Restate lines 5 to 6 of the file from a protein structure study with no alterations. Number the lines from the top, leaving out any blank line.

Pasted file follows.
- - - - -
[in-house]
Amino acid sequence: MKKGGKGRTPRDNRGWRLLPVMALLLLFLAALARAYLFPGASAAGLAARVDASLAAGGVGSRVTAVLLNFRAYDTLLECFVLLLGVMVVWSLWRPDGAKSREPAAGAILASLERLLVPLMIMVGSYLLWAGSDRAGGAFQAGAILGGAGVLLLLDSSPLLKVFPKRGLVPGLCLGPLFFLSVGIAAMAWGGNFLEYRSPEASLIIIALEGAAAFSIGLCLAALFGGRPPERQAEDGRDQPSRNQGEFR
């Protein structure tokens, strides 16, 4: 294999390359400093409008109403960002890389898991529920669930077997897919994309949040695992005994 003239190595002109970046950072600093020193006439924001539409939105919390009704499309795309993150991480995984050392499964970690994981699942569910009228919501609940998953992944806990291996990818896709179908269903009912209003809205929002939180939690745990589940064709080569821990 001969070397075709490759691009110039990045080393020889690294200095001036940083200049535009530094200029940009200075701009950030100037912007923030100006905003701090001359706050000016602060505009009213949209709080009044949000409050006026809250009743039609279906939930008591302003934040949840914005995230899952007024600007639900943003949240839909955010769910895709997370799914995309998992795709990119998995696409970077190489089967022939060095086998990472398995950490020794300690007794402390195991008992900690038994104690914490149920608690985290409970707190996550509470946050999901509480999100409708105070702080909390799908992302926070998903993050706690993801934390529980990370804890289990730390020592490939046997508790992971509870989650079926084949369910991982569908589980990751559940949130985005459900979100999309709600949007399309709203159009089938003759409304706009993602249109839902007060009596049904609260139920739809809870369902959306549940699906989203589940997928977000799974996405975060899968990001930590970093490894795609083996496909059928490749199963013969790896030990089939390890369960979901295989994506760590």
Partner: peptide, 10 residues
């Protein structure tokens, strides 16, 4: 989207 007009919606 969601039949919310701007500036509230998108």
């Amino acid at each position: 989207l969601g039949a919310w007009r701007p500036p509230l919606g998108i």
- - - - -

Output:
């Protein structure tokens, strides 16, 4: 989207 007009919606 969601039949919310701007500036509230998108």
């Amino acid at each position: 989207l969601g039949a919310w007009r701007p500036p509230l919606g998108i």